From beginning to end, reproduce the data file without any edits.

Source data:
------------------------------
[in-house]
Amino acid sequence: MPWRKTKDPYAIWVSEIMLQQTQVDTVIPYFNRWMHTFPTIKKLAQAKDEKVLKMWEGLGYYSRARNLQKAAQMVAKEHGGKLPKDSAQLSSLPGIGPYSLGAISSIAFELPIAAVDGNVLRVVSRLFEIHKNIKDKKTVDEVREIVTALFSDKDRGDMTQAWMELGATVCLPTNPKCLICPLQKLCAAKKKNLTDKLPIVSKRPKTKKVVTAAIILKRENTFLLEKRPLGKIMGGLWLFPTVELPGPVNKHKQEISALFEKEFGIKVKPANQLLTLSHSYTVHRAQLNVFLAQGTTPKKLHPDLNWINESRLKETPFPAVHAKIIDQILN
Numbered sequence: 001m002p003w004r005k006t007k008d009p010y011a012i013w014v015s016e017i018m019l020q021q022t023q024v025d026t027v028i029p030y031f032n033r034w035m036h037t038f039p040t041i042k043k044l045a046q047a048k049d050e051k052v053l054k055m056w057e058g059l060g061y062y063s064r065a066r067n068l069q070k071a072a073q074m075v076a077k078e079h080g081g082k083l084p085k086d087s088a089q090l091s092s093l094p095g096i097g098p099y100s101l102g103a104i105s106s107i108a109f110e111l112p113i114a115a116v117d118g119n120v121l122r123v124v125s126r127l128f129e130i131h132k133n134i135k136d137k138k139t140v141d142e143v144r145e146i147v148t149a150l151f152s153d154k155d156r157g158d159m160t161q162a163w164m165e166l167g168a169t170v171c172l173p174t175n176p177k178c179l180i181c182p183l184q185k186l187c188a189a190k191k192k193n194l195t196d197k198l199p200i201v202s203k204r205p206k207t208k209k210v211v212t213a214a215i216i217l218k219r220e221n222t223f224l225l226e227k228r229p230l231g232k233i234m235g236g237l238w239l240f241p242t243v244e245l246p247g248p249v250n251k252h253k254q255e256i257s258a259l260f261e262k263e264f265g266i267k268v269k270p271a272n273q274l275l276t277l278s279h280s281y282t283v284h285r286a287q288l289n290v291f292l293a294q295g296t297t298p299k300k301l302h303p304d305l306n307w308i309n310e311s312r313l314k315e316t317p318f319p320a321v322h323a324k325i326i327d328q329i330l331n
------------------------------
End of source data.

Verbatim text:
[in-house]
Amino acid sequence: MPWRKTKDPYAIWVSEIMLQQTQVDTVIPYFNRWMHTFPTIKKLAQAKDEKVLKMWEGLGYYSRARNLQKAAQMVAKEHGGKLPKDSAQLSSLPGIGPYSLGAISSIAFELPIAAVDGNVLRVVSRLFEIHKNIKDKKTVDEVREIVTALFSDKDRGDMTQAWMELGATVCLPTNPKCLICPLQKLCAAKKKNLTDKLPIVSKRPKTKKVVTAAIILKRENTFLLEKRPLGKIMGGLWLFPTVELPGPVNKHKQEISALFEKEFGIKVKPANQLLTLSHSYTVHRAQLNVFLAQGTTPKKLHPDLNWINESRLKETPFPAVHAKIIDQILN
Numbered sequence: 001m002p003w004r005k006t007k008d009p010y011a012i013w014v015s016e017i018m019l020q021q022t023q024v025d026t027v028i029p030y031f032n033r034w035m036h037t038f039p040t041i042k043k044l045a046q047a048k049d050e051k052v053l054k055m056w057e058g059l060g061y062y063s064r065a066r067n068l069q070k071a072a073q074m075v076a077k078e079h080g081g082k083l084p085k086d087s088a089q090l091s092s093l094p095g096i097g098p099y100s101l102g103a104i105s106s107i108a109f110e111l112p113i114a115a116v117d118g119n120v121l122r123v124v125s126r127l128f129e130i131h132k133n134i135k136d137k138k139t140v141d142e143v144r145e146i147v148t149a150l151f152s153d154k155d156r157g158d159m160t161q162a163w164m165e166l167g168a169t170v171c172l173p174t175n176p177k178c179l180i181c182p183l184q185k186l187c188a189a190k191k192k193n194l195t196d197k198l199p200i201v202s203k204r205p206k207t208k209k210v211v212t213a214a215i216i217l218k219r220e221n222t223f224l225l226e227k228r229p230l231g232k233i234m235g236g237l238w239l240f241p242t243v244e245l246p247g248p249v250n251k252h253k254q255e256i257s258a259l260f261e262k263e264f265g266i267k268v269k270p271a272n273q274l275l276t277l278s279h280s281y282t283v284h285r286a287q288l289n290v291f292l293a294q295g296t297t298p299k300k301l302h303p304d305l306n307w308i309n310e311s312r313l314k315e316t317p318f319p320a321v322h323a324k325i326i327d328q329i330l331n